League City City Council approves FY 2019-20 budget, discusses building regulations

The League City City Council on Aug. 27 adopted the fiscal year 2019-20 budget, which has undergone changes through several workshops over the past several weeks.

As of mid-August, the estimated property tax rate had dropped from $0.55 per $100 valuation to $0.5438 per $100 valuation. It rose again to $0.548581 per $100 valuation as of Aug. 27. The tax rate will be officially approved during the council’s Sept. 10 meeting.

The existing property tax rate is $0.5638. League City has seen steady property tax rate decreases over the last decade, according to city data. The tax rate in 2010 was $0.63 per $100 valuation.

The proposed FY 2019-20 operating budget is $140.16 million, and the proposed capital budget is $110.57 million for a total of $250.73 million. The FY 2018-19 budget is $212.21 million, which includes $132.88 million for operating expenses and $79.33 million for capital projects.

The city has budgeted to hire 21.25 full-time employees, which contributes to much of the operating budget’s growth over last year. The city wants to hire two full-time paramedics, a drainage engineer, two park maintenance workers and other roles.

Additionally, merit-based and cost-of-living pay increases and rising insurance costs contributed to the increased operational budget.

One of the biggest budget changes is a 39.38% increase in the capital budget. Much of the increase is due to $150 million worth of drainage and transportation projects the city will undertake over the next several years after voters in May overwhelmingly approved bonds for the work. League City will also soon start paying for infrastructure to secure more water from Houston as the city continues to grow, City Manager John Baumgartner said.

Voters also approved a sales tax rate increase of 0.25 percentage points to the maximum of 8.25%, which goes into effect Oct. 1. The city expects to collect an additional $3.4 million in sales tax revenue from the increase, and it will be used to offset costs for drainage and transportation projects, city officials said.

IN OTHER BUSINESS

The League City City Council on Aug. 27 also discussed a potential ordinance revision that would require homeowners associations and business owners associations be established in subdivisions as a way to control how the city would regulate building exteriors. The council voted to table the item to gather more information.

House Bill 2439, which goes into effect Sept. 1, restricts cities from regulating what materials the exteriors of residential and commercial buildings can be made of.

In response, League City staff recommended revising the city’s subdivisions ordinances. Under the revisions, new subdivisions with five or more lots would be required to establish a homeowners association, and non-residential subdivisions would be required to establish business owners associations.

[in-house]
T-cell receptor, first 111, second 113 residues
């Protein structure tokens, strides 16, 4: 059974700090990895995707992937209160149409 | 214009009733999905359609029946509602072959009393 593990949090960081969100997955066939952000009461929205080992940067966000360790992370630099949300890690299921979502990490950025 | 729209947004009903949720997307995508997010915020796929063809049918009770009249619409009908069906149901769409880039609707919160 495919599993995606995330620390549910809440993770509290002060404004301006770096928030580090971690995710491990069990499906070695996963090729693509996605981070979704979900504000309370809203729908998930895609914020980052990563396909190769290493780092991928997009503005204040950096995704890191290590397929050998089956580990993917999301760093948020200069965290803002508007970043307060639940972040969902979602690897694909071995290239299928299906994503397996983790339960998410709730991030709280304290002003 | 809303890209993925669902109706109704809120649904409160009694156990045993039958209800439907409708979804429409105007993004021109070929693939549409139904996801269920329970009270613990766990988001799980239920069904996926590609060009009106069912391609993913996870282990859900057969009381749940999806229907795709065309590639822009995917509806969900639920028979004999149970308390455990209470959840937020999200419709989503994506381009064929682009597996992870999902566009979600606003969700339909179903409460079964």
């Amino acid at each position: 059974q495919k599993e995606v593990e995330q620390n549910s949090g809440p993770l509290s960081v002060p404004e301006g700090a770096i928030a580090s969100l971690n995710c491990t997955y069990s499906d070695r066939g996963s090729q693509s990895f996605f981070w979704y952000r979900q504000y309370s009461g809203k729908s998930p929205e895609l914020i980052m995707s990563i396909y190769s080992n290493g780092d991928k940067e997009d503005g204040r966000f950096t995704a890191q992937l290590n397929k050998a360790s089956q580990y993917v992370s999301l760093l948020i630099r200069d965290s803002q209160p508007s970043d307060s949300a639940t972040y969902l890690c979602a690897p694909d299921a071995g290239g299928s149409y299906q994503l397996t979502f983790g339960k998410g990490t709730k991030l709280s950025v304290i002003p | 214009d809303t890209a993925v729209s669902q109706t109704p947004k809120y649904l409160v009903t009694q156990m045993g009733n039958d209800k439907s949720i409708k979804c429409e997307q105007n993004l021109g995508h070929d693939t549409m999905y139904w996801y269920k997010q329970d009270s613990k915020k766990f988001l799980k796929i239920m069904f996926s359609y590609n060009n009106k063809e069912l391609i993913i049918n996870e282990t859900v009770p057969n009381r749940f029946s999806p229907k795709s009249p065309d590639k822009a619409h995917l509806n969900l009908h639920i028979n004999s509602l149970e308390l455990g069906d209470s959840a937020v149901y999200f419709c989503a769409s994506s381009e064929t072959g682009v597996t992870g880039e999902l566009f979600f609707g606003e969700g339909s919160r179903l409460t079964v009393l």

Resident Dave Johnson said he saw a “red flag” with the idea of mandating building owners associations, which would add a layer of bureaucracy for developers. League City needs more commercial businesses, and business owners associations might deter some developers, he said.

Council Member Hank Dugie agreed.

“I appreciate the creativity, but I don’t like it,” he said of the revised ordinance.

David Hoover, director of planning and development, said the goal of the ordinance revision is not to add another layer of bureaucracy; it is merely a way for League City to maintain some control buildings’ appearances.

“If we don’t do anything, then we don’t have any control of what the exterior of the buildings will look like,” he said.

Council Member Greg Gripon said he lives in a subdivision with no homeowners association, and he and his neighbors love it. Many try to move into the subdivision specifically because it has no homeowners association.

Mayor Pat Hallisey said those in homeowners associations generally hate them.

Council Member Larry Millican said he lives in a subdivision of 10 lots that has a homeowners association. Costs related to the association are high, and they would likely be higher for five-lot subdivisions, he said.

“I don’t see an HOA of 10 homes being a viable situation in some places … especially when you get down to five lots,” Millican said.
By Jake Magee
Jake Magee has been a print journalist for several years, covering numerous beats including city government, education, business and more. Starting off at a daily newspaper in southern Wisconsin, Magee covered two small cities before being promoted to covering city government in the heart of newspaper's coverage area. He moved to Houston in mid-2018 to be the editor for and launch the Bay Area edition of Community Impact Newspaper.

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